PfifltriggPi wrote:Ooo, an audio book of Don Quijote? Would you be so kind as to direct me towards it? Although me imagining myself capable of following such a book is probably as absurd as tilling at windmills.

Here is Part 1, Book 1:
You can follow the links to the rest of the novel along with it. The accent is peninsular, and if you have trouble following, the words appear on screen.
There are in fact several narrations of the novel on Youtube.
Cheers,
Mork
5 x
Tu sabes cuando sales pero no sabes cuando regresas.

User avatar
MorkTheFiddle
Brown Belt
Posts: 1061
Joined: Sat Jul 18, 2015 8:59 pm
Location: usa
Languages: English (N). Read (only) French and Spanish. Studying Ancient Greek, aiming for mastery by 2424. Studying a bit of Latin and Japanese. Once studied Old Norse. Dabbled in Catalan, Provençal and Italian.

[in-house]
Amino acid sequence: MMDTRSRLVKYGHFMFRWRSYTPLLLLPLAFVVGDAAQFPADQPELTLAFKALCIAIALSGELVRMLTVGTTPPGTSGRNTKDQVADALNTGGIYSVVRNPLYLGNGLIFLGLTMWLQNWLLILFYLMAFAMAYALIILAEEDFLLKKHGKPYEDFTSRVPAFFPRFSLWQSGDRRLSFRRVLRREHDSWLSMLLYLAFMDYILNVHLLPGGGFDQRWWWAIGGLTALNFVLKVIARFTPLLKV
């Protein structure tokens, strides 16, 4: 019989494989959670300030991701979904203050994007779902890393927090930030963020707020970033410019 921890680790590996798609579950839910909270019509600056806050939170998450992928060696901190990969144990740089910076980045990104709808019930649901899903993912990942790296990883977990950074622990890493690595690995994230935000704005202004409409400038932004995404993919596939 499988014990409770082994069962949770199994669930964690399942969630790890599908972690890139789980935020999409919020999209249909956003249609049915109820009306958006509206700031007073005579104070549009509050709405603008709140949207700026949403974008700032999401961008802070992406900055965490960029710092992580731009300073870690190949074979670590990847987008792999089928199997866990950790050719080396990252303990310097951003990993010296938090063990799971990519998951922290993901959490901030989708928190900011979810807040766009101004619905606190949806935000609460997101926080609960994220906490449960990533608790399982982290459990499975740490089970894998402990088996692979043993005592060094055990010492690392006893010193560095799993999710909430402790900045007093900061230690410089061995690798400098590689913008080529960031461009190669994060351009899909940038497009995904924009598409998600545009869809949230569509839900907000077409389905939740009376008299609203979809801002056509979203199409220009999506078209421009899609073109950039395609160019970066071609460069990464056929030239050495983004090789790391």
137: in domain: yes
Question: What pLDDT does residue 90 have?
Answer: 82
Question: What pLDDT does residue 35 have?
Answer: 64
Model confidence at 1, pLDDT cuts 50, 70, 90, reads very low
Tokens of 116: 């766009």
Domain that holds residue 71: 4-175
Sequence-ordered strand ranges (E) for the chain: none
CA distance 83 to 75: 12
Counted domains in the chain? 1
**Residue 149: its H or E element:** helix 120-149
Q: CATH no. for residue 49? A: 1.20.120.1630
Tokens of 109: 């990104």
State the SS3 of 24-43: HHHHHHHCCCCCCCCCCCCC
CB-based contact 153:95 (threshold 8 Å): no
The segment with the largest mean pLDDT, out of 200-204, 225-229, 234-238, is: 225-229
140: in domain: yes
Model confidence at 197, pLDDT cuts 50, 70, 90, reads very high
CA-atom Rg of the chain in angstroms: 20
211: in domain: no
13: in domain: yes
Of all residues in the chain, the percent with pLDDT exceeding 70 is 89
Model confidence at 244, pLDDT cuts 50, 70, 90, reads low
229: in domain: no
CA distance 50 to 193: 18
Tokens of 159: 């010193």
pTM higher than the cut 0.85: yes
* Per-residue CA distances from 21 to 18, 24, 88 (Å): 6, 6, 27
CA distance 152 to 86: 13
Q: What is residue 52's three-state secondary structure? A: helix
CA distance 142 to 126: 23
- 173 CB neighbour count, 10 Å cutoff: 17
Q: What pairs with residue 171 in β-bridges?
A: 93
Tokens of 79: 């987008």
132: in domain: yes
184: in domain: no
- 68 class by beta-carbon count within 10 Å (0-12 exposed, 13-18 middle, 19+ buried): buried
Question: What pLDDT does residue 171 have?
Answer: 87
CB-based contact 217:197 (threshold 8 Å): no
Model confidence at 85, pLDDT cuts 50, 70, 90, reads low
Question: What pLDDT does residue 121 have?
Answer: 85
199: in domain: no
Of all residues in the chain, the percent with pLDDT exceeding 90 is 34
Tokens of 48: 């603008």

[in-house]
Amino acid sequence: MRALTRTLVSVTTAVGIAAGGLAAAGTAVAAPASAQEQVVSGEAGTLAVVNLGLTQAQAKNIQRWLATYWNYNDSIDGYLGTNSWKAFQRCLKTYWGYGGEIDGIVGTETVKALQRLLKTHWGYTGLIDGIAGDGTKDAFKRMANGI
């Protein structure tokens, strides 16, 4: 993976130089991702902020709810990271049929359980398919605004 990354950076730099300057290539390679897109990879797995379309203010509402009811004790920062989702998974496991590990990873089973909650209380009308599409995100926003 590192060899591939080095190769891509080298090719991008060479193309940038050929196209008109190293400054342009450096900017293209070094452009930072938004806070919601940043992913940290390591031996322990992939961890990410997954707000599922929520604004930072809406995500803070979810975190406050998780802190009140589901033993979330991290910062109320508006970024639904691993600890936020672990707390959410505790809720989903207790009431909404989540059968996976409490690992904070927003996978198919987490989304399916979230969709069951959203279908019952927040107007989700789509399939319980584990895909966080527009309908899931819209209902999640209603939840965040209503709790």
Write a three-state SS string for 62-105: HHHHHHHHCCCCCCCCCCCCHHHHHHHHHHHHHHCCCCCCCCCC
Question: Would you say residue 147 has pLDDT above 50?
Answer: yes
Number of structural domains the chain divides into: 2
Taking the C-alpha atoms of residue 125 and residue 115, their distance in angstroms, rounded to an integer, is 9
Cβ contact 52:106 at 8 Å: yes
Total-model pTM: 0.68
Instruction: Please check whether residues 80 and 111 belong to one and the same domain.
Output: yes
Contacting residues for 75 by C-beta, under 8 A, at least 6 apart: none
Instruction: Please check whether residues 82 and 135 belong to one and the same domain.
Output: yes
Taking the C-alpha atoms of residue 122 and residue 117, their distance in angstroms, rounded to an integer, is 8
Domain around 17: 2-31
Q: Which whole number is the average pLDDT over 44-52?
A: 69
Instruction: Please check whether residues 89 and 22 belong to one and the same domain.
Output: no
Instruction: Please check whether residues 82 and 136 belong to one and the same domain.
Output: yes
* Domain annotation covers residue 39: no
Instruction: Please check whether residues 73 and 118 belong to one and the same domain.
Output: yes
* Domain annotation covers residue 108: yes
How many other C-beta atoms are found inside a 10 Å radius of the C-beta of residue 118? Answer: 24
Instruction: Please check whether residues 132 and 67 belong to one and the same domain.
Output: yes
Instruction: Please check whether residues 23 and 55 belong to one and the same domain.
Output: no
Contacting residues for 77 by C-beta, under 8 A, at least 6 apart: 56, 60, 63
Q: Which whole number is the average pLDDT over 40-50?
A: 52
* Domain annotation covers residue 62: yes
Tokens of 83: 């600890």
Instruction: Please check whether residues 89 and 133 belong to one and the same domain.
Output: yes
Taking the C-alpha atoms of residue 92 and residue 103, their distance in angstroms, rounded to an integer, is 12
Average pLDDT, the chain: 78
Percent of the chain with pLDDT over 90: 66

Language Log: https://forum.language-learners.org/vie ... 11#p133911
x 1753

Re: Mork the Fiddle's 2019 Log

Postby MorkTheFiddle » Mon Nov 18, 2019 1:35 am

The other day I took an assessment beta test in French devised by a commercial vendor. Respecting the vendor's wishes, I won't say who or give references for now. The test's 20 questions covered grammar and listening comprehension. I scored over 86% :lol: on the listening part and around 30% :cry: on the grammar part. I was expecting opposite results, but maybe listening to hundreds of hours of French over the past year or so helped. Also, it has to be said that the test had only 20 questions, so how reliable or valid it could be is an open question. I think the alpha version of the test will be available in a few weeks, after the test maker can incorporate the results of the beta tests.